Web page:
By On the occasion of our 20th anniversary
By Gustavo Arellano
By R. Scott Moxley
By Alfonso Delgado
By Courtney Hamilton
By Joel Beers
By Peter Maguire
By Charles Lam
Photo by Jeanne RiceOne late night, DJ Priest ran into one of my editorial colleagues in the massive lobby of the Weekly's Worldwide Costa Mesa HQ. The colleague was carrying a cup of coffee--heavily sugared and creamed to the bright color of beach sand--when Priest collared, or rather lapeled, him. "You're not putting that death into your system, are you?" Priest asked. "Um, no," my colleague stammered. "I'm, er, taking it straight to the urinal." "Right," Priest said. "That's where that stuff belongs! In the sewer! It'll kill you!" A couple of weeks later, on July 1, 2001, Priest--club promoter, dance-music aficionado and health nut, the man born John Winters--was dead.
That Priest died of cancer while seeking a cure in Mexico was an irony lost on no one who knew him best for sipping wheatgrass and other sour concoctions designed to promote vigor. But irony is not the same as contradiction: Priest's death struck us as strange because the man revealed so little--nothing, in fact--about what might have been his slow, painful demise. He was invariably upbeat and just as invariably interested in your health. And there seemed to be no question whose physicality was more durable: this was a man who would clearly outlast us, who believed that laughter really was the best medicine--laughter helped along by magnets, exotic fruits and enough raw vegetables to clog a wood chipper. He believed in aliens, and the eyewear he favored made him look something like one, big-eyed and rail thin.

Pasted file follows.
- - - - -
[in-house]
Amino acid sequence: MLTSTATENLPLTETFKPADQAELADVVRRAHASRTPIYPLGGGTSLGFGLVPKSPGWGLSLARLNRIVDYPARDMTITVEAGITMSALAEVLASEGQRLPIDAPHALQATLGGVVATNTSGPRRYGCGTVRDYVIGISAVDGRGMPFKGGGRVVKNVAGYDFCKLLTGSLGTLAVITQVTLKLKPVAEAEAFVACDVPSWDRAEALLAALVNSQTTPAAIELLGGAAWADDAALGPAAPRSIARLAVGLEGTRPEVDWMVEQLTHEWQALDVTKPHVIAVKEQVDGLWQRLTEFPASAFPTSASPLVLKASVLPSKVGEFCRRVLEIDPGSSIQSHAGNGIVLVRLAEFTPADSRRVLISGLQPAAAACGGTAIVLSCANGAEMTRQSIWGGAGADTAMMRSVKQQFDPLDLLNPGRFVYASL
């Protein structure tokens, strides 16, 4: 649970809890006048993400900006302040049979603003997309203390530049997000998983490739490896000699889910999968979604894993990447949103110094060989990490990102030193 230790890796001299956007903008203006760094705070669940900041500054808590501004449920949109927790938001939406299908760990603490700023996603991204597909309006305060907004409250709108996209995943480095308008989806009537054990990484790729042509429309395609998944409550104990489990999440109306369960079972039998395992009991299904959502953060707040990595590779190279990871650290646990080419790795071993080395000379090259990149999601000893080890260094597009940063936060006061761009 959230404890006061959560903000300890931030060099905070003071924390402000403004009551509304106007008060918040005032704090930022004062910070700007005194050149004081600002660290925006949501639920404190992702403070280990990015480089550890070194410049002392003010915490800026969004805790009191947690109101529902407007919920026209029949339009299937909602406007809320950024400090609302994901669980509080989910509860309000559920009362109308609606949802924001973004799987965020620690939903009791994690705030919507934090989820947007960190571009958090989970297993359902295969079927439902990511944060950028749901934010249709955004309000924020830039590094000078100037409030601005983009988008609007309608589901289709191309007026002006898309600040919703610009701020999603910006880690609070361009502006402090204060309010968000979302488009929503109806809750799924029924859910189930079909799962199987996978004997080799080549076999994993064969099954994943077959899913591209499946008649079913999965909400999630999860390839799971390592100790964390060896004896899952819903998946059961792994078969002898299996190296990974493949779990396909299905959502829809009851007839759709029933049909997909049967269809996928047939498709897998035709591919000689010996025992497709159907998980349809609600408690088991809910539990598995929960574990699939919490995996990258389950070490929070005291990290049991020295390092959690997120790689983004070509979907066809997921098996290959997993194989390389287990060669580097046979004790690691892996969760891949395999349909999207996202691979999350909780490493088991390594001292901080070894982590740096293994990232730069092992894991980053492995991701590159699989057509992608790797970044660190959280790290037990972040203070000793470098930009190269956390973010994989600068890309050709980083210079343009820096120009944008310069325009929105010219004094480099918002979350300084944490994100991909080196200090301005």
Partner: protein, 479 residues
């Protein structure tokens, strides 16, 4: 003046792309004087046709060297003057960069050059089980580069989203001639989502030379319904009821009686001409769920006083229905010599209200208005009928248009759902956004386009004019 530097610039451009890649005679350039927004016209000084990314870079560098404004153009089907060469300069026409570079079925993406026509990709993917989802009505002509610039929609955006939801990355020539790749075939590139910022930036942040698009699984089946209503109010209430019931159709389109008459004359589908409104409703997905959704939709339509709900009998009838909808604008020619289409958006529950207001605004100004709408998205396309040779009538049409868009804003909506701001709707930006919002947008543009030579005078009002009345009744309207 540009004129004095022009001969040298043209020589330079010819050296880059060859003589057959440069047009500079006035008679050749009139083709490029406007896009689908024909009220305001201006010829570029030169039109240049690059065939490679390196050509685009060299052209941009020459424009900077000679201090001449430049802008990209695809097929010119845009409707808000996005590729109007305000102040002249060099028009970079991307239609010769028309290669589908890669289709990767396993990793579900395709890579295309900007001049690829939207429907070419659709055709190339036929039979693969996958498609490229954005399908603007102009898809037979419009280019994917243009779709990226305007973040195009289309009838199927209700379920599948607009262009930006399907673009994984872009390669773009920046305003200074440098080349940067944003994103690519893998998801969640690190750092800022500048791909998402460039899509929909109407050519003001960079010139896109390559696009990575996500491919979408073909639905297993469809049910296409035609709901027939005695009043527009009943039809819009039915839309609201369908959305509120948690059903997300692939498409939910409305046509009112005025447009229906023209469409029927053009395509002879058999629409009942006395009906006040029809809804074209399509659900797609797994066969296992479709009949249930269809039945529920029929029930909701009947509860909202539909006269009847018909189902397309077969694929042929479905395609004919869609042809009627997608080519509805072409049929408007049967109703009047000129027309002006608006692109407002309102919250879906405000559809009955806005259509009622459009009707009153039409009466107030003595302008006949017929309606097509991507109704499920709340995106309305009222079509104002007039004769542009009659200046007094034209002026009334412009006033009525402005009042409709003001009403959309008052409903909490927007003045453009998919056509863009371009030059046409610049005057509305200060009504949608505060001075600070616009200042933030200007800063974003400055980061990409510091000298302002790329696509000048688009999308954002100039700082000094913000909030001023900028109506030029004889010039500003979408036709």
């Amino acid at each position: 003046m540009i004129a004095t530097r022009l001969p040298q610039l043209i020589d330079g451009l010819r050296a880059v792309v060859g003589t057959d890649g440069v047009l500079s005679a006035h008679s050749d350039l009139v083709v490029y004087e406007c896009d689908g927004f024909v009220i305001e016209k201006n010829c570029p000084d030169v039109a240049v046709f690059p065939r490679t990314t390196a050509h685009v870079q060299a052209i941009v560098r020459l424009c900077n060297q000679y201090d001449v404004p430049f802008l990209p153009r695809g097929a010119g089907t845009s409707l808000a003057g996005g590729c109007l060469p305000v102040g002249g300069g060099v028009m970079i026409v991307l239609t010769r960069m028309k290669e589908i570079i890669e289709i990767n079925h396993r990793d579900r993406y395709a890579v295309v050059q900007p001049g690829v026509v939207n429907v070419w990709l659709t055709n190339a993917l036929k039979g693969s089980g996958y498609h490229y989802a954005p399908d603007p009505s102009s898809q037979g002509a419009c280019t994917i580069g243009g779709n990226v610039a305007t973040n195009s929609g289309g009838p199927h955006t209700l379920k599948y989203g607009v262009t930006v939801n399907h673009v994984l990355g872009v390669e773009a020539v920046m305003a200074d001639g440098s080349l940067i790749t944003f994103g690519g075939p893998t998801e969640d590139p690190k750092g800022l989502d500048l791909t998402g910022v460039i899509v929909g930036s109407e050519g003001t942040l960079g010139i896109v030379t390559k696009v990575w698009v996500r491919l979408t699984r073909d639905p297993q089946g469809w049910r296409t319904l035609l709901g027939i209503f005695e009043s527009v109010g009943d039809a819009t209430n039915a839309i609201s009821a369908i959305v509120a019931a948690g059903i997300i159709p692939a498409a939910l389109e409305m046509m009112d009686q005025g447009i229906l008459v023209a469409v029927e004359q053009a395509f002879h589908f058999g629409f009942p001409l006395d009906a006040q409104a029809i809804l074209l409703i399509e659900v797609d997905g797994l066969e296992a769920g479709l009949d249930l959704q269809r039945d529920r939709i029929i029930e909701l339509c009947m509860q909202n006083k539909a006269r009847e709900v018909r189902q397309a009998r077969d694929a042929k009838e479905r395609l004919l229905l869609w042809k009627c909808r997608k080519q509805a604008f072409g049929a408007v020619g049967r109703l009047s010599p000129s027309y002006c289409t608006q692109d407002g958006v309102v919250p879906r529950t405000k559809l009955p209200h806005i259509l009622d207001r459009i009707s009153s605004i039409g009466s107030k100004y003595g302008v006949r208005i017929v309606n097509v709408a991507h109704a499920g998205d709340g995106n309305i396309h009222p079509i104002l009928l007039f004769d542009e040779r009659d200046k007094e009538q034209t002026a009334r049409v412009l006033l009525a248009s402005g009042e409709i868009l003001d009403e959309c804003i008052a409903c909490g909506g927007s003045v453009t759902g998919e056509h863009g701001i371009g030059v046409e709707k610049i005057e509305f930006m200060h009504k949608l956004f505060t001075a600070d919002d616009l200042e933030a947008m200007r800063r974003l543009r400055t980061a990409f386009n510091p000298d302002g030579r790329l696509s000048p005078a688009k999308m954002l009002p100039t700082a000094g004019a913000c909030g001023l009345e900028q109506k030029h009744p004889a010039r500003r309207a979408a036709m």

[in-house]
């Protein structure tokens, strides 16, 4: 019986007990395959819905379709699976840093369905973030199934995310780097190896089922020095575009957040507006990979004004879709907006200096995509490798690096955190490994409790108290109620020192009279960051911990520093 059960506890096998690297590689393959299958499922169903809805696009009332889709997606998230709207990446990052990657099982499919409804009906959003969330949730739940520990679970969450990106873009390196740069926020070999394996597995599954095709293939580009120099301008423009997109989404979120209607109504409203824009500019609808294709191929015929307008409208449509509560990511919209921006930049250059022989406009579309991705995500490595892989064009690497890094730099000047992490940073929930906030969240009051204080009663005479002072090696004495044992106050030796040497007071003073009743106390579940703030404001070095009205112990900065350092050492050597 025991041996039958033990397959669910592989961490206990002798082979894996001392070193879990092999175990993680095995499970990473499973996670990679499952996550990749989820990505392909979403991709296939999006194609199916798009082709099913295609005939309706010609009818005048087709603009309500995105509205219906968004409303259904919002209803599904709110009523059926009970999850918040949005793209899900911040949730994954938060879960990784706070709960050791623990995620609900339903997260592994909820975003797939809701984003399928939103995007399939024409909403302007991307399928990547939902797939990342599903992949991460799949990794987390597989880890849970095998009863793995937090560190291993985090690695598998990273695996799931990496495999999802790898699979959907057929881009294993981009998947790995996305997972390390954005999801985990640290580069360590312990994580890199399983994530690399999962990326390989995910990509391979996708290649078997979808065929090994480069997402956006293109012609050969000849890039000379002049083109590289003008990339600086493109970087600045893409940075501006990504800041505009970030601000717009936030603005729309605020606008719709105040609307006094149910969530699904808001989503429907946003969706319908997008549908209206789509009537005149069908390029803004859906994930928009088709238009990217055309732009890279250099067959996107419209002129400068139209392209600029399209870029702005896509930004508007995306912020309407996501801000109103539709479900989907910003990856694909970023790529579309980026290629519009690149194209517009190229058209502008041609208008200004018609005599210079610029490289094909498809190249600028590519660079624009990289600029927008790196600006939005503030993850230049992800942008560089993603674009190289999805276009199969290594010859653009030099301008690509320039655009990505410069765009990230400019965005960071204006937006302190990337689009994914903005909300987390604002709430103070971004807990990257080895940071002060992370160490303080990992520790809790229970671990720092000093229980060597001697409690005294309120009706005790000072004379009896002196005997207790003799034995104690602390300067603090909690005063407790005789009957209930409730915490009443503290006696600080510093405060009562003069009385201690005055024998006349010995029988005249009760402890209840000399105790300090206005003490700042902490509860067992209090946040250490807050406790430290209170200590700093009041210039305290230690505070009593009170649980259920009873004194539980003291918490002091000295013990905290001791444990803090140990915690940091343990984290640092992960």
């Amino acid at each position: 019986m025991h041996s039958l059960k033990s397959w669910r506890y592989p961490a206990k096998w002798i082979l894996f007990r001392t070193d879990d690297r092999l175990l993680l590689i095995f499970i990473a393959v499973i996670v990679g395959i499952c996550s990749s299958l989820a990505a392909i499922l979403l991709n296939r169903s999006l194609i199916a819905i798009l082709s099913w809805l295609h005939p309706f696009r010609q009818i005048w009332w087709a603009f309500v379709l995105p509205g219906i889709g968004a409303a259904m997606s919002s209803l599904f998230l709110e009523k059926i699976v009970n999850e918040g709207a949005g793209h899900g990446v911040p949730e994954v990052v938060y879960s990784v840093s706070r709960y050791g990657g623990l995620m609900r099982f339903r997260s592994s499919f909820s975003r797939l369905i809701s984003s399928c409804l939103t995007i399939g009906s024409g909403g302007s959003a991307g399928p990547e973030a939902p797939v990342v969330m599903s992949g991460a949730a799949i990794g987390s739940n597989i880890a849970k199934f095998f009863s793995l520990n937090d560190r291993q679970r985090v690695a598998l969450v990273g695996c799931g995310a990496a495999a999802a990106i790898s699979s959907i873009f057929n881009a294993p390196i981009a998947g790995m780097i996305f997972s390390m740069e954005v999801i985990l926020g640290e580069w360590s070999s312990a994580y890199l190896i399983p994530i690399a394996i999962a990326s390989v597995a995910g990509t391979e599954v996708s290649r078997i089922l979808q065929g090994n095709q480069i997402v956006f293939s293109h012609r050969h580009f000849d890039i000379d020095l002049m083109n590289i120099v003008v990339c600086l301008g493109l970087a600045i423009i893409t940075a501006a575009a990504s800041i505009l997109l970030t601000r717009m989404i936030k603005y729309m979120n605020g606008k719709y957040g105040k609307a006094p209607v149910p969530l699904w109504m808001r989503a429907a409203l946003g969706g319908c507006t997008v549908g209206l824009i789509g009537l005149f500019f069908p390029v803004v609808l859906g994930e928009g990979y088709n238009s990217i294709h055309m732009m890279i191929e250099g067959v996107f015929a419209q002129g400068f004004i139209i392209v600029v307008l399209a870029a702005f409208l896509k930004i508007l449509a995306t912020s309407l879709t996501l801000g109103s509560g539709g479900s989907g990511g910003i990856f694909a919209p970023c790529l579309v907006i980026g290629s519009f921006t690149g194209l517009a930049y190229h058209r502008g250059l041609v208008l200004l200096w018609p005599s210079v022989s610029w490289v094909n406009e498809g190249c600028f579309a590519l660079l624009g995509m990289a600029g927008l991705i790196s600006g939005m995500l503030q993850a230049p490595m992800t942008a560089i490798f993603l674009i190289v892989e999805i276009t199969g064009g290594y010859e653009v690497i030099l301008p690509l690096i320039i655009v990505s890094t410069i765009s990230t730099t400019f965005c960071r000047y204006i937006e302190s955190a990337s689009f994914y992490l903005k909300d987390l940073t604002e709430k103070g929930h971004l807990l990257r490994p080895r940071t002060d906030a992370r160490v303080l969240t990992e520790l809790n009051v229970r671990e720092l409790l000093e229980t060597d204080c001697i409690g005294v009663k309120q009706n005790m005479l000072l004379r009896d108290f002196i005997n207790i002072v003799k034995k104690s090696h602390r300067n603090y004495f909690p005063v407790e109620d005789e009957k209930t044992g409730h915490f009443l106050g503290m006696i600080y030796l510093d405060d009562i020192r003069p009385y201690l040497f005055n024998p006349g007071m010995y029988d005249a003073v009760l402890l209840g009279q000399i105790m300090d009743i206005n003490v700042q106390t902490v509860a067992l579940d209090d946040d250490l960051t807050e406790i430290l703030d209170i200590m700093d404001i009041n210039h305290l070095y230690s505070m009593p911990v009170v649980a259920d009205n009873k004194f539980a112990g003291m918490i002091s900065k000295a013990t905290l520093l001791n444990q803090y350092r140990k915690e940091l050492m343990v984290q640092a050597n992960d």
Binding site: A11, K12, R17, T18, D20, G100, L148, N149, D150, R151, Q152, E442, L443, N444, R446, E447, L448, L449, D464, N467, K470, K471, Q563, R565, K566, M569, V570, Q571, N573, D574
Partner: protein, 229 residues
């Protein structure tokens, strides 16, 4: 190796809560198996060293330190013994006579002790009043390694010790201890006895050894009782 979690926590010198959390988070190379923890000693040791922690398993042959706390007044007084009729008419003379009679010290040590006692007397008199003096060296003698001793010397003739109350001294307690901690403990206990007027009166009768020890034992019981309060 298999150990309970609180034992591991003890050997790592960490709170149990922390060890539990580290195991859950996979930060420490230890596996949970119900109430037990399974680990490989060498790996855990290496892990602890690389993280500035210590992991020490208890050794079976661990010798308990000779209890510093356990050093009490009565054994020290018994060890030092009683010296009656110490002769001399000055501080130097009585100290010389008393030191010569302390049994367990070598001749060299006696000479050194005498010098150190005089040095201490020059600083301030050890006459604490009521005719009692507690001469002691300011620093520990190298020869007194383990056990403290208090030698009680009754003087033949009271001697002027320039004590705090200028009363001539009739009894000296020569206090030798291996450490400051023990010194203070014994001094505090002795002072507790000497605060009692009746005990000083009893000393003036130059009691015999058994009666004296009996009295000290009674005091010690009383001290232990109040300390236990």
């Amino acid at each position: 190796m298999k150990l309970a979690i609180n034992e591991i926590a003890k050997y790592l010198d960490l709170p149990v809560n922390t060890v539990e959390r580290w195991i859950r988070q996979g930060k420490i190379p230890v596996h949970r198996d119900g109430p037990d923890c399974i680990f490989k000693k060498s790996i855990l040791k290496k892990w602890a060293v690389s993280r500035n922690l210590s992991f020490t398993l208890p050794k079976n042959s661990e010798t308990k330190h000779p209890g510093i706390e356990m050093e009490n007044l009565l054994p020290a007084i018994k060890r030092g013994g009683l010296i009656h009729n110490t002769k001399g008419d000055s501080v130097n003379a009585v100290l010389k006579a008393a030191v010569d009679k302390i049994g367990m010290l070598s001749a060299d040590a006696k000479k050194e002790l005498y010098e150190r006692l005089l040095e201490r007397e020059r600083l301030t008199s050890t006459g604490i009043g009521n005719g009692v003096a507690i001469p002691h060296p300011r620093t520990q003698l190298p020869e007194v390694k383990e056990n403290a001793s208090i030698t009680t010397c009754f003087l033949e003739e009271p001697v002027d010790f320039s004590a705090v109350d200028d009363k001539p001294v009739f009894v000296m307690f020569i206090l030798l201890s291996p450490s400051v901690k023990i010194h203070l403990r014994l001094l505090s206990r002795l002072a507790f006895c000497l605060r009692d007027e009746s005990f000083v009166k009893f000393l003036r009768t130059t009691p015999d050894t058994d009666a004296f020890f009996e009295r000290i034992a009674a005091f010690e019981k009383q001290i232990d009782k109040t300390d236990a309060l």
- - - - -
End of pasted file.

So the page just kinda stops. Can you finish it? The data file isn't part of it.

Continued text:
There were no clues a man like this might die early. Except, perhaps, this one: two weeks before he went--at an indeterminate age somewhere between 40 and 55--DJ Priest was spinning at his regular Wednesday-night gig at Josh Slocums. He was smiling and laughing, of course, and he was actually drinking a beer.